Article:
You can read the full list here.

Those that may continue operations include a wide range of businesses, from crop and animal production, to oil and gas extraction, food manufacturing, chemical manufacturing, auto parts accessories and tire stores, gas stations, grocery stores and air and truck transportation. The list also says beer, wine and liquor stores may continue operations.

Those that must close include construction companies, auto dealers, law firms and others deemed non-life-sustaining.

Sean Boyle, CEO of Boyle Construction of South Whitehall Township, said his company is closing and stopping work as of today, however, the company has one virus-related health care project that will continue.

Enforcement actions against businesses that do not close physical locations will begin at 12:01 a.m. Saturday, March 21, the governor said.

Gov. Tom Wolf clarifies business closure order, Pa’s COVID-19 cases hit 96

Pennsylvania cases of COVID-19 is up to 96, Pennsylvania Secretary of Health Dr. Rachel Levine announced. PHOTO/SUBMITTED –

Pennsylvania cases of COVID-19 is up to 96, Pennsylvania Secretary of Health Dr. Rachel Levine announced.

A total of 879 patients tested negative for COVID-19 virus. She said most testing is being conducted by commercial and hospital testing centers at this point, versus state testing.

So far, officials are not seeing a sustained community spread of the virus, but the health department does expect that will happen, she said. It is important to follow the guidelines set out by the federal and state government to help prevent the virus’ spread.

“Your main job right now is to stay calm, stay home and stay safe,” she said.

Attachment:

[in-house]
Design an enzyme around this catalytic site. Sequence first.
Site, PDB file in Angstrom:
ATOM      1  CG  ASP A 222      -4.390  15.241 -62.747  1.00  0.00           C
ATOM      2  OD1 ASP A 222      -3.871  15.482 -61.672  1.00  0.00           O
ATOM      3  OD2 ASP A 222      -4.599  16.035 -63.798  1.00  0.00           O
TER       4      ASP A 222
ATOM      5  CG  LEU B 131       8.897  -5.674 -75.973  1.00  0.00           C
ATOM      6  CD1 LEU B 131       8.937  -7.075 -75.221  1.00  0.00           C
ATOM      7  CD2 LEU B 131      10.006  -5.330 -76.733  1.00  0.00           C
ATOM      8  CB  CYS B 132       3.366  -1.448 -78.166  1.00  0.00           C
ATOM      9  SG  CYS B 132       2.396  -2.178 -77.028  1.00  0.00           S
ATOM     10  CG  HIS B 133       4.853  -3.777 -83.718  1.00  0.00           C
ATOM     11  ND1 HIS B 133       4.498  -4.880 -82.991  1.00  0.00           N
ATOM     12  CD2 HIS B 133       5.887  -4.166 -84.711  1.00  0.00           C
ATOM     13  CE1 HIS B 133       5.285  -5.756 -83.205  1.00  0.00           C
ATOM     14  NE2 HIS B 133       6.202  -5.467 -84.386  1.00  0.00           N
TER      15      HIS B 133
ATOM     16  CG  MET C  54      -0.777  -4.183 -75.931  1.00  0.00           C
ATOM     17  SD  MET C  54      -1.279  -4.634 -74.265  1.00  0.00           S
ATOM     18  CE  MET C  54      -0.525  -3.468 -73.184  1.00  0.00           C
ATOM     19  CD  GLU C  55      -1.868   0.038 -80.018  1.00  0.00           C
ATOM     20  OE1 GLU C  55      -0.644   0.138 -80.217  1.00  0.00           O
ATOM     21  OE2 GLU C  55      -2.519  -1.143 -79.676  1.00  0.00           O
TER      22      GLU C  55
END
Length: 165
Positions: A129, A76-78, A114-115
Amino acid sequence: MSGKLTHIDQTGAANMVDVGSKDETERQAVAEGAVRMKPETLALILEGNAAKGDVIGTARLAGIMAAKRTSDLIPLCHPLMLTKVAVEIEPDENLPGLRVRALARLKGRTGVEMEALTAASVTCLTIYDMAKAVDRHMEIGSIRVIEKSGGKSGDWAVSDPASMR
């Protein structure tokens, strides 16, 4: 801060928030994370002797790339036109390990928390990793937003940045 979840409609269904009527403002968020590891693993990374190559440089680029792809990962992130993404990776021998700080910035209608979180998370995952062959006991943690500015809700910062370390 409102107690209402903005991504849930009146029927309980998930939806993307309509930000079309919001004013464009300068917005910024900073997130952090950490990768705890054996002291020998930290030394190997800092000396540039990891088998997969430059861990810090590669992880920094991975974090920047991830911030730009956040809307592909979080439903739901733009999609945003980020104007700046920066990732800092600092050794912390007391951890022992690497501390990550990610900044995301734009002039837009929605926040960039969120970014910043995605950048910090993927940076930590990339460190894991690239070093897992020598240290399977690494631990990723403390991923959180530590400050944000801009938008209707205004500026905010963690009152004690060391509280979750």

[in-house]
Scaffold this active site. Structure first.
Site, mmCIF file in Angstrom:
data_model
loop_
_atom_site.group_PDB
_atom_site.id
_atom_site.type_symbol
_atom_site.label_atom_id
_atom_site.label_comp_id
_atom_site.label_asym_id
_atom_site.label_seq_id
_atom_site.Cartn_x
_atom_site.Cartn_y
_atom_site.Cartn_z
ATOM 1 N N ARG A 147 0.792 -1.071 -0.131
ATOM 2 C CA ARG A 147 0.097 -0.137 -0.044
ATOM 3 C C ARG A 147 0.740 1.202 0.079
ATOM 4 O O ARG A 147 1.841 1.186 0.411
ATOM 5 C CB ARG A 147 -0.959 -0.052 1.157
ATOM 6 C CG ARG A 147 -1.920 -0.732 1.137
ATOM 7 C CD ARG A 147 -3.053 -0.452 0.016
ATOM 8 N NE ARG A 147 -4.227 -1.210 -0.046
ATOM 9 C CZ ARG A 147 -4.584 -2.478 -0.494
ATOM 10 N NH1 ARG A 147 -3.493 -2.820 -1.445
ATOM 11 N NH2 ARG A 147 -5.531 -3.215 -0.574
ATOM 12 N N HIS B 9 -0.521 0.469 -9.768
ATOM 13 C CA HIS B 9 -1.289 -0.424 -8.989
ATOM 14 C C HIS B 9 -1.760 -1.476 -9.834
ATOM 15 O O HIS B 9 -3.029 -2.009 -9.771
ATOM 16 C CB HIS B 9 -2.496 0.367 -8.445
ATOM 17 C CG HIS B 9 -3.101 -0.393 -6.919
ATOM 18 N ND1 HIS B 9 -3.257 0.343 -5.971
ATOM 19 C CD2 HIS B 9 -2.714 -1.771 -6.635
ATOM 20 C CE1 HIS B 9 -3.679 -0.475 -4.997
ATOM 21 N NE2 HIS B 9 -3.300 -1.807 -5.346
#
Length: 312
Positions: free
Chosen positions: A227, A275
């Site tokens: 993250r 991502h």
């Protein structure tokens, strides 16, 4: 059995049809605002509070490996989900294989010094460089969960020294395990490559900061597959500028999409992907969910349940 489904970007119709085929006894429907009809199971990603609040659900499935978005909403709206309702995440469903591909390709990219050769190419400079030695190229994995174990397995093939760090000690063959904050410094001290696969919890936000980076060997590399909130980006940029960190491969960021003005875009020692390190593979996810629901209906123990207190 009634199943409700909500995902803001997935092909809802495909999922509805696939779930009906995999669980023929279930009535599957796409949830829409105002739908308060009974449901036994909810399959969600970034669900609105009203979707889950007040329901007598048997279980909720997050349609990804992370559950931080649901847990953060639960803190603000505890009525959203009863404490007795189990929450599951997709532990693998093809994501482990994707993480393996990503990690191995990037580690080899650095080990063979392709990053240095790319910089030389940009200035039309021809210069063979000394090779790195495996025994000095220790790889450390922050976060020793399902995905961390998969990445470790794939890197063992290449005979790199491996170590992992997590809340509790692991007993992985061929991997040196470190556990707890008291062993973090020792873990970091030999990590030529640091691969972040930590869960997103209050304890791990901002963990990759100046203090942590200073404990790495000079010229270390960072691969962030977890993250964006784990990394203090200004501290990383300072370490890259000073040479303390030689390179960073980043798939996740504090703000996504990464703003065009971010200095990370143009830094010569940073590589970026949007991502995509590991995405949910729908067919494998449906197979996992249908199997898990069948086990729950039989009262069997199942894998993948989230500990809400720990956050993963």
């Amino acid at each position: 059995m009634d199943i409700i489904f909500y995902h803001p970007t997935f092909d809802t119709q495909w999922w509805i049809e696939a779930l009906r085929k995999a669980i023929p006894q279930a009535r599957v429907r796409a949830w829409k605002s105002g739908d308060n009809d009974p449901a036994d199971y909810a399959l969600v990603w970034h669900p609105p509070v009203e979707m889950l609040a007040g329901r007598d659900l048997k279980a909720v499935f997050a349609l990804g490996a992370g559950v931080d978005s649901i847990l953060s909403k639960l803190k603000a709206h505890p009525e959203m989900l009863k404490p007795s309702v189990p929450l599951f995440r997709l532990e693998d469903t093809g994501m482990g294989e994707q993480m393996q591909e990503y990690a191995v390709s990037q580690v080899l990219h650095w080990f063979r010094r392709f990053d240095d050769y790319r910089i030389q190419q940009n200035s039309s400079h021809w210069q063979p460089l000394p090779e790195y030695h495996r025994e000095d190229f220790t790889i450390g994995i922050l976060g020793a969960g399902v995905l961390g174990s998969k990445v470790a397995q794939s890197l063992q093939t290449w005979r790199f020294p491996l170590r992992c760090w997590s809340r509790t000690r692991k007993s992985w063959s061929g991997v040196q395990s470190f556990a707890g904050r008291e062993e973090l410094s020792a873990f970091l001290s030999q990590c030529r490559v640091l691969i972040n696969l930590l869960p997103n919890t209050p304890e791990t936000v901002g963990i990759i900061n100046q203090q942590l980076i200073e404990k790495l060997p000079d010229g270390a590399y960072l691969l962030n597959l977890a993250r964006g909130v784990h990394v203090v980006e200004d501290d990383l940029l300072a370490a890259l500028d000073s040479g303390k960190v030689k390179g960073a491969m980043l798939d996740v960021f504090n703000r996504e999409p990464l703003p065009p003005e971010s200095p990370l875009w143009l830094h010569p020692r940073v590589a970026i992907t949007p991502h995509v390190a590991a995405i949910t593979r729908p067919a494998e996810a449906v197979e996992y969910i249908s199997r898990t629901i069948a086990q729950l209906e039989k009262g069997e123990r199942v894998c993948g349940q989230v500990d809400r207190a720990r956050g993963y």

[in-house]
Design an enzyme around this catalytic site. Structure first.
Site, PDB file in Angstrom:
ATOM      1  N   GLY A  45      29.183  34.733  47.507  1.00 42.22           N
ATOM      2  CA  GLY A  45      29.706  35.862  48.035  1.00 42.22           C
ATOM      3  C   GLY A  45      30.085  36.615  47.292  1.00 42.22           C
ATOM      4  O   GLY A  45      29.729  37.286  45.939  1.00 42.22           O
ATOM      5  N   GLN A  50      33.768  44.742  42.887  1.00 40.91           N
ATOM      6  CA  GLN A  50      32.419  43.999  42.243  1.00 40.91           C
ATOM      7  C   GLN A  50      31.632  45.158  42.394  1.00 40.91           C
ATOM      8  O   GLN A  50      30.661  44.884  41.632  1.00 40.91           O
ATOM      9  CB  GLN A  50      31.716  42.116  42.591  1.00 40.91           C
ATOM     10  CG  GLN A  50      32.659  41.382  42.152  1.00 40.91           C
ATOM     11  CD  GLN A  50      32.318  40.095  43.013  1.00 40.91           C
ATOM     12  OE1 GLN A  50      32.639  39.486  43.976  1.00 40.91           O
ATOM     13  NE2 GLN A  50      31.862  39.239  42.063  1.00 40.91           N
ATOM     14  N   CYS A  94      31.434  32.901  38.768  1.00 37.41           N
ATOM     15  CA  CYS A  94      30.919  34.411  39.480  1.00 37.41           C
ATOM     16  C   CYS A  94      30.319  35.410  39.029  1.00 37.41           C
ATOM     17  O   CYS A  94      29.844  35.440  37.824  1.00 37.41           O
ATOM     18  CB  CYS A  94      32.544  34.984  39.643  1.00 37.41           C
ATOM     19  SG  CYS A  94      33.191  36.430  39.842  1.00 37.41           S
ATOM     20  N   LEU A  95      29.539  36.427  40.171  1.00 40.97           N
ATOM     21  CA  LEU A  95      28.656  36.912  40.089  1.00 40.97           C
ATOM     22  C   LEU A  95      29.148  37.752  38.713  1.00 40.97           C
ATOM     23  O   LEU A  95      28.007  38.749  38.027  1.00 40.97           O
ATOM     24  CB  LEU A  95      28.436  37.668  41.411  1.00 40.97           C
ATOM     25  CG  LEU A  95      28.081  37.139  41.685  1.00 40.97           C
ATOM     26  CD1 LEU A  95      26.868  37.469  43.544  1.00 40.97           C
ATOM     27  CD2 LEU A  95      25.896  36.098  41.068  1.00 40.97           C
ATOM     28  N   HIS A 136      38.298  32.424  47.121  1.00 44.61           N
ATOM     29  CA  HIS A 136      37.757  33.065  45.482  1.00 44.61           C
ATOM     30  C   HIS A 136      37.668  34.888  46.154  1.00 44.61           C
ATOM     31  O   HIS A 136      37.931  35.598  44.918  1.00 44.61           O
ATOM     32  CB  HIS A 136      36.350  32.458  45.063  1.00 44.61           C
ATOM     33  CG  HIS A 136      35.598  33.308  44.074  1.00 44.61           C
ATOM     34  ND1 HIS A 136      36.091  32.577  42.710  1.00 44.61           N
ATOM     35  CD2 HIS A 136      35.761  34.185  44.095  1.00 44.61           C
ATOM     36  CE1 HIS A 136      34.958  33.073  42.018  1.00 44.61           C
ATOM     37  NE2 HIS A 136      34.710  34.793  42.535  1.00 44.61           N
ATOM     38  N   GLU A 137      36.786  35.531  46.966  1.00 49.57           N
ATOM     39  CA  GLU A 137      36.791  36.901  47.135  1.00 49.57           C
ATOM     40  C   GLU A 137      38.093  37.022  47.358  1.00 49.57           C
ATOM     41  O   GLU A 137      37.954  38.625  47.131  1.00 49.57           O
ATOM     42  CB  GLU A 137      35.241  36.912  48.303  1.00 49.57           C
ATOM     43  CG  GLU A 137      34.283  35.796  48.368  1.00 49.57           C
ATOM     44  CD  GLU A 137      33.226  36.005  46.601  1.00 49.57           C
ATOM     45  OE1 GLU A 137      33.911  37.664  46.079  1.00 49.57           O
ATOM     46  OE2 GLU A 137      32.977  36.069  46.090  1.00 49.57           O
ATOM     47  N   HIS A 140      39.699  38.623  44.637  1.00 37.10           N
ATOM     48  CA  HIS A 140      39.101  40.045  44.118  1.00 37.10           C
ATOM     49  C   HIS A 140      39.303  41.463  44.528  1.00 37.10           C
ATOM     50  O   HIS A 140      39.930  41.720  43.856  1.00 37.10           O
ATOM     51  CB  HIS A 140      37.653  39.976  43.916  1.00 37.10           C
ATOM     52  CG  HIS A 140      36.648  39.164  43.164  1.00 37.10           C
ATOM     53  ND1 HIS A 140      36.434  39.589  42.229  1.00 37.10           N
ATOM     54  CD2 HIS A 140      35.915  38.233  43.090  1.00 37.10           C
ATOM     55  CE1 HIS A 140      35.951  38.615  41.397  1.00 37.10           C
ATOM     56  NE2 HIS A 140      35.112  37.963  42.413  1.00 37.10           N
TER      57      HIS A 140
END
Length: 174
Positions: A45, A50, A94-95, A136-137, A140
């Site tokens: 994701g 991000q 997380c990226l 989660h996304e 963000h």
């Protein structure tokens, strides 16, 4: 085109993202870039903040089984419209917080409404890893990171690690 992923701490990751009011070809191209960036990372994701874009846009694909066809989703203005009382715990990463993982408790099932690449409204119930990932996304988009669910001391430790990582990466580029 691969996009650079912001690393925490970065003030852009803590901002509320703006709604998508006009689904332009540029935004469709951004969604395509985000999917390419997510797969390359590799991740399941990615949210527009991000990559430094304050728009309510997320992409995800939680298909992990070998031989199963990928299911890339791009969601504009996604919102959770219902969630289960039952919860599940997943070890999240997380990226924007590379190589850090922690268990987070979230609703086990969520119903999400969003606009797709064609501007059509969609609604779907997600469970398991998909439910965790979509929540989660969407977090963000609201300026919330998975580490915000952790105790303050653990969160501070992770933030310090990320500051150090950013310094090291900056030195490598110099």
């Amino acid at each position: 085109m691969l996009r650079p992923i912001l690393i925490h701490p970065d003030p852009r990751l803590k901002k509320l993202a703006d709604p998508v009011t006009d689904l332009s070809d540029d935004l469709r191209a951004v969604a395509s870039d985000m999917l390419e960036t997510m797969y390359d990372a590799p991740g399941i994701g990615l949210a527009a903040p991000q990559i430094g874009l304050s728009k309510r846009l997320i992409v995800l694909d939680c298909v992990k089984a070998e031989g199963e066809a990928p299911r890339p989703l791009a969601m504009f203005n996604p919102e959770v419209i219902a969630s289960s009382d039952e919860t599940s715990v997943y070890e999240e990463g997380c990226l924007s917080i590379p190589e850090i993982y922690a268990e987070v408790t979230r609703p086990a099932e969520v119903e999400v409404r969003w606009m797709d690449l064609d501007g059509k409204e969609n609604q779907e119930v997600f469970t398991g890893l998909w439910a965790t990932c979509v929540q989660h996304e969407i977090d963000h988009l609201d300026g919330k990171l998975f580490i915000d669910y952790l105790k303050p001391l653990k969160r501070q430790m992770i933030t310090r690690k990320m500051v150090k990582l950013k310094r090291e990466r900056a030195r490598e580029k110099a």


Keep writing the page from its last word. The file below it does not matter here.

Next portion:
Gov. Tom Wolf also clarified Monday’s order that all non-essential businesses close temporarily to help stop the spread of COVID-19. Many people expressed confusion over which businesses were included in the designation of non-essential.

“Non-essential businesses include public-facing industries such as entertainment, hospitality, and recreation facilities, including but not limited to community and recreation centers; gyms, including yoga, barre and spin facilities; hair salons and barber shops, nail salons and spas; casinos; concert venues; theaters; sporting event venues and golf courses; retail facilities, including shopping malls except for pharmacy or other health care facilities within retail operations,” a statement said.

Restaurants and bars should close their dine-in facilities, but can continue to offer carry-out, delivery and drive-thru service, and a number of area restaurants have, the governor said.

“According to Wolf, businesses considered essential services and sectors include but are not limited to food processing, agriculture, industrial manufacturing, feed mills, construction, trash collection, grocery and household goods (including convenience stores), home repair/hardware and auto repair, pharmacy and other medical facilities, biomedical and healthcare, post offices and shipping outlets, insurance, banks, gas stations, laundromats, veterinary clinics and pet stores, warehousing, storage, and distribution, public transportation, and hotel and commercial lodging.”

He also said businesses that can have employees work remotely should do so.

“Other businesses, including but not limited to legal services, business and management consulting, professional services and insurance services are encouraged to have employees work remotely or telecommute,” he said. “If that is not possible, they should employ social distancing best practices and be aware of the Trump Administration’s guidance to avoid gatherings of 10 or more people.“

Governor Tom Wolf orders all ‘non-essential’ businesses closed

Pennsylvania Gov. Tom Wolf orders all non-essential stores, bars and restaurants in the state to temporarily close to help slow the progression of COVID-19. PHOTO/SUBMITTED


Pennsylvania Gov. Tom Wolf has ordered all non-essential stores, bars and restaurants in the state to temporarily close to help slow the progression of COVID-19.